process image is constructed from an ordinary, executable file. This file is either an
executable object file, or a file of data for an interpreter. There can be no return from a
successful exec because the calling process image is overlaid by the new process image.
In this manner, the two processes are able to communicate and then go their separate
ways. The synopsis of the execlp() system call is given below:
#include <unistd.h>
int execlp (const char *file, const,char *arg0, ...,
                  const char *argn,(char *)0);
    Sample code showing the use of fork() and execlp() system calls is given in
Figure 7.2 below.

 #include <stdio.h>
 void main()
 {
   int pid, status;

    pid = fork();
    if(pid == -1) {
      printf(“fork failed\n”);
      exit(1);
    }
    if(pid == 0) { /* Child */
        if (execlp(“/bin/ls”, “ls”, NULL)< 0) {
          printf(“exec failed\n”);
          exit(1);
        }
    }
    else { /* Parent */
      wait(&status);
      printf(“Well done kid!\n”);
      exit(0);
    }
 }
Figure 7.2 Sample code showing use of fork(), execlp(), wait(), and exit()




                                                                                        40
    The semantics of fork(), followed by an execlp() system call are shown In Figure
7.3 below.
 parent              parent                          parent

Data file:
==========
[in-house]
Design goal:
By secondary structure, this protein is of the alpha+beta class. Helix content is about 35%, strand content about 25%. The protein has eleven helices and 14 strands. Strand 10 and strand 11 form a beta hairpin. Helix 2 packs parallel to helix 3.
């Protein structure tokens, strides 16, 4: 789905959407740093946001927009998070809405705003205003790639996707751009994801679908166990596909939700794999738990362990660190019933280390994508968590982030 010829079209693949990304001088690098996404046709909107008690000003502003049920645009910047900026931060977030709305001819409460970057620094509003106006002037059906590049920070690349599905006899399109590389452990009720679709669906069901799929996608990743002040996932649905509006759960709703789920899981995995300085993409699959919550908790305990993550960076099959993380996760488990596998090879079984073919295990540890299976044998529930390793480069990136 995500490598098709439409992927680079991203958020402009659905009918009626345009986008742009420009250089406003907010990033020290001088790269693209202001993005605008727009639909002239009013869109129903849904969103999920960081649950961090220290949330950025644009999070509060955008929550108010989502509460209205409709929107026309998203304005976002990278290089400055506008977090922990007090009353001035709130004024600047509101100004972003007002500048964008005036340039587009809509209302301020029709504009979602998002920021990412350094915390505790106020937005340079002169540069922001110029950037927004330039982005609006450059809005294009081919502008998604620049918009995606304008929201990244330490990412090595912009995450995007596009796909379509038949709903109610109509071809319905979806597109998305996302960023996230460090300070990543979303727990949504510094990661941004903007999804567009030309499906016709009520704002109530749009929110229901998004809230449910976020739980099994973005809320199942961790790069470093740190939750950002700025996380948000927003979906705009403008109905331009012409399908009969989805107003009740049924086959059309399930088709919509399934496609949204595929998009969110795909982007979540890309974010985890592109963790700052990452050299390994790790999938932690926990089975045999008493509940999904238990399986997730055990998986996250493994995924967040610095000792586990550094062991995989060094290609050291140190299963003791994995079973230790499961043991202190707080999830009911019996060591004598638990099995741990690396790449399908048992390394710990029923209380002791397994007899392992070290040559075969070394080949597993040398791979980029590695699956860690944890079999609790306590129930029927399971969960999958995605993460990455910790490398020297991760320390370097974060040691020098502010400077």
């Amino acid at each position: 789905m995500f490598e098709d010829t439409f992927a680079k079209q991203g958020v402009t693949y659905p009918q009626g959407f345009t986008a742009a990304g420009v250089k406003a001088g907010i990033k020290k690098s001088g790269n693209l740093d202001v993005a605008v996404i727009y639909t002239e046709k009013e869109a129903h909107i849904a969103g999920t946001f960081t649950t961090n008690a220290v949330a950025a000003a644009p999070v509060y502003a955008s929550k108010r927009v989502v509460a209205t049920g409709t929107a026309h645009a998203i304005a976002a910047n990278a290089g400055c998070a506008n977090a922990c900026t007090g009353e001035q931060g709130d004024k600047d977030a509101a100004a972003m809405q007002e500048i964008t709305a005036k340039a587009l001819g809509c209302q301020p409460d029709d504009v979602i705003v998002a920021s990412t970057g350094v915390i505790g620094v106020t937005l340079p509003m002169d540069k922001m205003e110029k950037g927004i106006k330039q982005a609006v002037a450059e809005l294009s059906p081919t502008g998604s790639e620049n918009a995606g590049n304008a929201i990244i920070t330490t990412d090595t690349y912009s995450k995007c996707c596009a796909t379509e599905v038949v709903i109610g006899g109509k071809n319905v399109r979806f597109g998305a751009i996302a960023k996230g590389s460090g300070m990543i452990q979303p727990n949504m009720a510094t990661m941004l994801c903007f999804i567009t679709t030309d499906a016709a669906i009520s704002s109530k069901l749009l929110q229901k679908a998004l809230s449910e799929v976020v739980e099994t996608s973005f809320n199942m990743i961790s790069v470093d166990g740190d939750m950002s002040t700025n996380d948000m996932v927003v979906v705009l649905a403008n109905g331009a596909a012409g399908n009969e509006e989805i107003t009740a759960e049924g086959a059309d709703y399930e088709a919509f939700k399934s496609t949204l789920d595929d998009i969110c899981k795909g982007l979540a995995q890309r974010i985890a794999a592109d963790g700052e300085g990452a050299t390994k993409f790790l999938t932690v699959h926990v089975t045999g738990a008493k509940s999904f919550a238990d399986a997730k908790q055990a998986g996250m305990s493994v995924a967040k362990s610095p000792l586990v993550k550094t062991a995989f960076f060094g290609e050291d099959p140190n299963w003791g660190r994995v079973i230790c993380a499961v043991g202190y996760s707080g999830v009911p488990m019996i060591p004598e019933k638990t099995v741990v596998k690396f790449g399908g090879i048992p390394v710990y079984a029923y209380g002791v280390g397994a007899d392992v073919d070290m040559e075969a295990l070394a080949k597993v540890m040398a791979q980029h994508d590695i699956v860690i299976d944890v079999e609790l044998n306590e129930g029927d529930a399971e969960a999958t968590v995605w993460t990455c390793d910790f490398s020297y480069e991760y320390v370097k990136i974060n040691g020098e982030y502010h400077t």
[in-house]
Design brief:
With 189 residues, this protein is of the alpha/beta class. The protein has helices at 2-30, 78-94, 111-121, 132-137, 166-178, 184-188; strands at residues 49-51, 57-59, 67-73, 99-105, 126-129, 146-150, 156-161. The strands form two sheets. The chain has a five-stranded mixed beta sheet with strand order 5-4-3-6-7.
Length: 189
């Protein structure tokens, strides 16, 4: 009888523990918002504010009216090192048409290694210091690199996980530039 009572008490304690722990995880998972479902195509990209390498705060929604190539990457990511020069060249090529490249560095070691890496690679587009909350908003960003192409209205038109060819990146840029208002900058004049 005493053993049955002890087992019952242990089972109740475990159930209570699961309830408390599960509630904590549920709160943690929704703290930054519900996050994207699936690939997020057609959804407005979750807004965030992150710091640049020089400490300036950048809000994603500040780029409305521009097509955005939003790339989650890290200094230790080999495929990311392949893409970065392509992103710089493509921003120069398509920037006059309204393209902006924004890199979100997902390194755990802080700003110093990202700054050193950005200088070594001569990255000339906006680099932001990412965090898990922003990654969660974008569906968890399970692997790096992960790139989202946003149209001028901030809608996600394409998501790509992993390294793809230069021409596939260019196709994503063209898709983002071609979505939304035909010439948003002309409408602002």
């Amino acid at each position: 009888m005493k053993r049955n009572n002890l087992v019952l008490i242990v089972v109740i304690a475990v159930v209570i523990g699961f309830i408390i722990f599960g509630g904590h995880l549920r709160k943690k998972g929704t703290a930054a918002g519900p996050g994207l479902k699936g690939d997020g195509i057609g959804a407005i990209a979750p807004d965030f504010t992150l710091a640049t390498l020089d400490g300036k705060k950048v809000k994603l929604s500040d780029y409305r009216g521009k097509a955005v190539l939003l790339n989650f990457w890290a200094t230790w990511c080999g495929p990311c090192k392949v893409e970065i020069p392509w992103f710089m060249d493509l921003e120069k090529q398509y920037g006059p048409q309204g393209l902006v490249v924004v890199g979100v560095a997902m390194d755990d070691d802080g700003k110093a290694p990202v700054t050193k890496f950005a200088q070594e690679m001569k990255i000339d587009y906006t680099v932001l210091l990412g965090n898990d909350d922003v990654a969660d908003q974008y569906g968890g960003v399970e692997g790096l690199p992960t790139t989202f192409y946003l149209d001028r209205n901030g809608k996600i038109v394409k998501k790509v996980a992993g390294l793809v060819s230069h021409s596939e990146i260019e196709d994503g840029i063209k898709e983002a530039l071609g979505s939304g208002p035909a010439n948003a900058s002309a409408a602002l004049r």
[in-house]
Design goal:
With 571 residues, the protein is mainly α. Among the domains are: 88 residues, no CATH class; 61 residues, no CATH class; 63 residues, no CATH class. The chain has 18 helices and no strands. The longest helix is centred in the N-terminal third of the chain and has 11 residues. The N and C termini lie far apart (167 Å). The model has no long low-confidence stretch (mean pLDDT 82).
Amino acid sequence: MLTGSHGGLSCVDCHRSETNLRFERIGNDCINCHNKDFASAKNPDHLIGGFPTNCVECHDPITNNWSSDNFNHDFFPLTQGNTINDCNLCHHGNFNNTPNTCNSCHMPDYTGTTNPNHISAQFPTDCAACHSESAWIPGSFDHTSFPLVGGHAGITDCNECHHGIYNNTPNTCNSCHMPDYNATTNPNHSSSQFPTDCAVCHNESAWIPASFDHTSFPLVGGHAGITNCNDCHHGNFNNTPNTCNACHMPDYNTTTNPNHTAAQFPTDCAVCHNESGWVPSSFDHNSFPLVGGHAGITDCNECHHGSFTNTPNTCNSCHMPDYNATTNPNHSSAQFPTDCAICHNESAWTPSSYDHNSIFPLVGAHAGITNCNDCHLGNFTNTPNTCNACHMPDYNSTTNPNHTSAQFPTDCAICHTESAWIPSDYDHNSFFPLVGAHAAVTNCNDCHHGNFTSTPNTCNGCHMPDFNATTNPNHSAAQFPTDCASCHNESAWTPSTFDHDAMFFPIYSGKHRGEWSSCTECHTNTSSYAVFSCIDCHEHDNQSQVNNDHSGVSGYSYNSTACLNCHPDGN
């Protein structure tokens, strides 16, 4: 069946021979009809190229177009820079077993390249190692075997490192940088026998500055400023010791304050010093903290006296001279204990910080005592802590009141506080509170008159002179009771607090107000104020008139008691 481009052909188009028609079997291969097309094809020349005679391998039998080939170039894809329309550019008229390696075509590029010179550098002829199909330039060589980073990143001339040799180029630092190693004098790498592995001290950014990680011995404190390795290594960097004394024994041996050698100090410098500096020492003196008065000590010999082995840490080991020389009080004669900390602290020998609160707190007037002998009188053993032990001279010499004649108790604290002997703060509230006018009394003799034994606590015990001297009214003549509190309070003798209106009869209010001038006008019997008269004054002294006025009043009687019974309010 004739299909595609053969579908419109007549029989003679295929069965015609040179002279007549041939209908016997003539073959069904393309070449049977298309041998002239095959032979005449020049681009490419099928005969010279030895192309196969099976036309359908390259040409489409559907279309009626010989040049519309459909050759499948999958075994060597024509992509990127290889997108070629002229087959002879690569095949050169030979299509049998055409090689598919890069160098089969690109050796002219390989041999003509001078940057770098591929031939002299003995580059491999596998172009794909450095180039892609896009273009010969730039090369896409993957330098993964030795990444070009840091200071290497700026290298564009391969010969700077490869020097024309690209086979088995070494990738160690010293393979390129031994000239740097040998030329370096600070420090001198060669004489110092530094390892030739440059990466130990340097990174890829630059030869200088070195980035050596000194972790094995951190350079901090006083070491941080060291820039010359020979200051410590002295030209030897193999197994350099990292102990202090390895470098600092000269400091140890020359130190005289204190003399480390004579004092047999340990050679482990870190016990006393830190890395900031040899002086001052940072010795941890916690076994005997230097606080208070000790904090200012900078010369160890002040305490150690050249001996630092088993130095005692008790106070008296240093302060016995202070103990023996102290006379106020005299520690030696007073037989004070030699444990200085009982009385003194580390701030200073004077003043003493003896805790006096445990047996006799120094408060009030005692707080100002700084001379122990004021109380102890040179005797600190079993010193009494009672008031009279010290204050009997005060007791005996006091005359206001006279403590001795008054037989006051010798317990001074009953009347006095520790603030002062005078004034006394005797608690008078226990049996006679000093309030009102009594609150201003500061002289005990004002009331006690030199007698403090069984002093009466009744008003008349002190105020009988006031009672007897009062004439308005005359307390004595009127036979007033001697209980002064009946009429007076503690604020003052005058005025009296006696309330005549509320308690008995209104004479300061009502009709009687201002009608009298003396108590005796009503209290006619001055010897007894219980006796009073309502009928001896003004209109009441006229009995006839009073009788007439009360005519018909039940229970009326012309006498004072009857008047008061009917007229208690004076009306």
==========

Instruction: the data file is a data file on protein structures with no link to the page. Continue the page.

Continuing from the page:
P                   P                               P

         fork


                                            ls ls
    P                   P        exec                   ls
  child               child                           child
Figure 7.3 Semantics of fork() followed by exec()

Cooperating Processes
The concurrent processes executing in the operating system may be either independent
processes or cooperating processes. A process is independent if it cannot affect or be
affected by any other process executing in the system. Clearly any process that shares
data with other processes is a cooperating process. The advantages of cooperating
processes are:
        Information sharing: Since several users may be interested in the same piece of
        information (for instance, a shared file) we must provide an environment to allow
        concurrent users to access these types of resources.
        Computation speedup: If we want a particular task to run faster, we must break
        it into subtasks each of which will be running in parallel with the others. Such a
        speedup can be obtained only if the computer has multiple processing elements
        (such as CPU’s or I/O channels).
        Modularity: We may want to construct the system in a modular fashion, dividing
        the system functions into separate processes or threads.